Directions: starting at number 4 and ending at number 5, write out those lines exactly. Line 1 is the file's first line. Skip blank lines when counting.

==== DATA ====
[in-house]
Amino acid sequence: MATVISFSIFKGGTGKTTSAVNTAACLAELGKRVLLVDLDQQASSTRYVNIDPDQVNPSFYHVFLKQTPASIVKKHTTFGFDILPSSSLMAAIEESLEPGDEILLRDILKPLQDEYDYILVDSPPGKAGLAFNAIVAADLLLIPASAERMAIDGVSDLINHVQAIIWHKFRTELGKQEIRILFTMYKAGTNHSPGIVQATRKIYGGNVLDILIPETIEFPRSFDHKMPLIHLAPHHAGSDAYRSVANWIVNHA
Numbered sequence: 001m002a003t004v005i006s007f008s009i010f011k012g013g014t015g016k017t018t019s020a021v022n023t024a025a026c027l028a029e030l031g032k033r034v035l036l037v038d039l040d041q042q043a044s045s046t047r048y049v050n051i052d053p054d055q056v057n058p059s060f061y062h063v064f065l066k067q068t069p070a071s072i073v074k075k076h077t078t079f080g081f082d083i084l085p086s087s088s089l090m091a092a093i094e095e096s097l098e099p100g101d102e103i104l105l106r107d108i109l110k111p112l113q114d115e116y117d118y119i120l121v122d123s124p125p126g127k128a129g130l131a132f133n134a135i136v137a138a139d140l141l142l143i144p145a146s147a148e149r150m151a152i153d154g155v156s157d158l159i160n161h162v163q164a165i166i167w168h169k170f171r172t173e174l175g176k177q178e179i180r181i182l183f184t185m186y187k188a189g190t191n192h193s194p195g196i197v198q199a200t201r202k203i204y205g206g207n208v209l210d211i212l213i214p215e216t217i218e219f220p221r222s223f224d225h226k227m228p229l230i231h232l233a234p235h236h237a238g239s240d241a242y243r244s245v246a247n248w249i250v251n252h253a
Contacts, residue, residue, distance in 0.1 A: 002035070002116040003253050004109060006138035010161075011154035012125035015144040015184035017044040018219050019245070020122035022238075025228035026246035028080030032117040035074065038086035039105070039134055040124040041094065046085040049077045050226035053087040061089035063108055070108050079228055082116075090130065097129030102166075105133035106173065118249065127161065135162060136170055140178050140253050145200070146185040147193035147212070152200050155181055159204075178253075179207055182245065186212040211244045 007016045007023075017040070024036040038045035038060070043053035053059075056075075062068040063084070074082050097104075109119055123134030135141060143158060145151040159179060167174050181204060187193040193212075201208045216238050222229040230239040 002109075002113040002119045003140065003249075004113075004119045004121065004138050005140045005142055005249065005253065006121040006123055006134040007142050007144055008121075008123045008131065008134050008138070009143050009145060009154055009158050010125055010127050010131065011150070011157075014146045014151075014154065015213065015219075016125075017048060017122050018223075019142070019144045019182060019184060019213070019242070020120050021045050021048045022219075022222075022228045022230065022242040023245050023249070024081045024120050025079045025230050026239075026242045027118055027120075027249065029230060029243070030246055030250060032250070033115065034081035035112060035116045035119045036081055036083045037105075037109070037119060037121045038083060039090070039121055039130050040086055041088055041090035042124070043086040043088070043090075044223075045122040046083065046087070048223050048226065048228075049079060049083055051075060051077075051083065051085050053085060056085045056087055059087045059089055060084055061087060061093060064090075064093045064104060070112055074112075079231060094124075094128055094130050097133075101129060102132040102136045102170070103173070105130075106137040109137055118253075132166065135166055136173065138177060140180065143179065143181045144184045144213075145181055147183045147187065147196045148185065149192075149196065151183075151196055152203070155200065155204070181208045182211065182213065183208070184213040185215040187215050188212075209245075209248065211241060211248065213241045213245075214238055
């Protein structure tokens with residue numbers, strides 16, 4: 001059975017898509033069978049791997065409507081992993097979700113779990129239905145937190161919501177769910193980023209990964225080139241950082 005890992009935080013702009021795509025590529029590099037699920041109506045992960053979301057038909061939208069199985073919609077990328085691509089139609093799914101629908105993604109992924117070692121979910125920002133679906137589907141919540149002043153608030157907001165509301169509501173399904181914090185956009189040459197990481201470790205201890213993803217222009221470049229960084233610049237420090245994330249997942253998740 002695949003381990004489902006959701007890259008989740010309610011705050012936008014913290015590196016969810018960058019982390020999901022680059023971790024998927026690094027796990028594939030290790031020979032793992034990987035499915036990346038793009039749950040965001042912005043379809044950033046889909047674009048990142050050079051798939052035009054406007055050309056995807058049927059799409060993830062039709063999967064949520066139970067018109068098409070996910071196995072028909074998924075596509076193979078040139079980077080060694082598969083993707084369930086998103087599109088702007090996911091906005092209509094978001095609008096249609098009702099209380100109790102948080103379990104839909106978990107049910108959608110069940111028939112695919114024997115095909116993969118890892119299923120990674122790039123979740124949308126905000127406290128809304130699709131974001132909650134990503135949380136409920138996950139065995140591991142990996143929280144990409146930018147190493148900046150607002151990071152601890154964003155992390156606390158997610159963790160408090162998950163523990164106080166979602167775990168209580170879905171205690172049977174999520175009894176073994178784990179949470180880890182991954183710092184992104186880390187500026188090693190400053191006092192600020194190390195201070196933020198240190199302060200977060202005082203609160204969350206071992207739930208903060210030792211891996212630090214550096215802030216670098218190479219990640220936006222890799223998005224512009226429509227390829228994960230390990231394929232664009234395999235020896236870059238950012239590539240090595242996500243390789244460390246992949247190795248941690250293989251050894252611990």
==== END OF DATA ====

Contacts, residue, residue, distance in 0.1 A: 002035070002116040003253050004109060006138035010161075011154035012125035015144040015184035017044040018219050019245070020122035022238075025228035026246035028080030032117040035074065038086035039105070039134055040124040041094065046085040049077045050226035053087040061089035063108055070108050079228055082116075090130065097129030102166075105133035106173065118249065127161065135162060136170055140178050140253050145200070146185040147193035147212070152200050155181055159204075178253075179207055182245065186212040211244045 007016045007023075017040070024036040038045035038060070043053035053059075056075075062068040063084070074082050097104075109119055123134030135141060143158060145151040159179060167174050181204060187193040193212075201208045216238050222229040230239040 002109075002113040002119045003140065003249075004113075004119045004121065004138050005140045005142055005249065005253065006121040006123055006134040007142050007144055008121075008123045008131065008134050008138070009143050009145060009154055009158050010125055010127050010131065011150070011157075014146045014151075014154065015213065015219075016125075017048060017122050018223075019142070019144045019182060019184060019213070019242070020120050021045050021048045022219075022222075022228045022230065022242040023245050023249070024081045024120050025079045025230050026239075026242045027118055027120075027249065029230060029243070030246055030250060032250070033115065034081035035112060035116045035119045036081055036083045037105075037109070037119060037121045038083060039090070039121055039130050040086055041088055041090035042124070043086040043088070043090075044223075045122040046083065046087070048223050048226065048228075049079060049083055051075060051077075051083065051085050053085060056085045056087055059087045059089055060084055061087060061093060064090075064093045064104060070112055074112075079231060094124075094128055094130050097133075101129060102132040102136045102170070103173070105130075106137040109137055118253075132166065135166055136173065138177060140180065143179065143181045144184045144213075145181055147183045147187065147196045148185065149192075149196065151183075151196055152203070155200065155204070181208045182211065182213065183208070184213040185215040187215050188212075209245075209248065211241060211248065213241045213245075214238055
């Protein structure tokens with residue numbers, strides 16, 4: 001059975017898509033069978049791997065409507081992993097979700113779990129239905145937190161919501177769910193980023209990964225080139241950082 005890992009935080013702009021795509025590529029590099037699920041109506045992960053979301057038909061939208069199985073919609077990328085691509089139609093799914101629908105993604109992924117070692121979910125920002133679906137589907141919540149002043153608030157907001165509301169509501173399904181914090185956009189040459197990481201470790205201890213993803217222009221470049229960084233610049237420090245994330249997942253998740 002695949003381990004489902006959701007890259008989740010309610011705050012936008014913290015590196016969810018960058019982390020999901022680059023971790024998927026690094027796990028594939030290790031020979032793992034990987035499915036990346038793009039749950040965001042912005043379809044950033046889909047674009048990142050050079051798939052035009054406007055050309056995807058049927059799409060993830062039709063999967064949520066139970067018109068098409070996910071196995072028909074998924075596509076193979078040139079980077080060694082598969083993707084369930086998103087599109088702007090996911091906005092209509094978001095609008096249609098009702099209380100109790102948080103379990104839909106978990107049910108959608110069940111028939112695919114024997115095909116993969118890892119299923120990674122790039123979740124949308126905000127406290128809304130699709131974001132909650134990503135949380136409920138996950139065995140591991142990996143929280144990409146930018147190493148900046150607002151990071152601890154964003155992390156606390158997610159963790160408090162998950163523990164106080166979602167775990168209580170879905171205690172049977174999520175009894176073994178784990179949470180880890182991954183710092184992104186880390187500026188090693190400053191006092192600020194190390195201070196933020198240190199302060200977060202005082203609160204969350206071992207739930208903060210030792211891996212630090214550096215802030216670098218190479219990640220936006222890799223998005224512009226429509227390829228994960230390990231394929232664009234395999235020896236870059238950012239590539240090595242996500243390789244460390246992949247190795248941690250293989251050894252611990």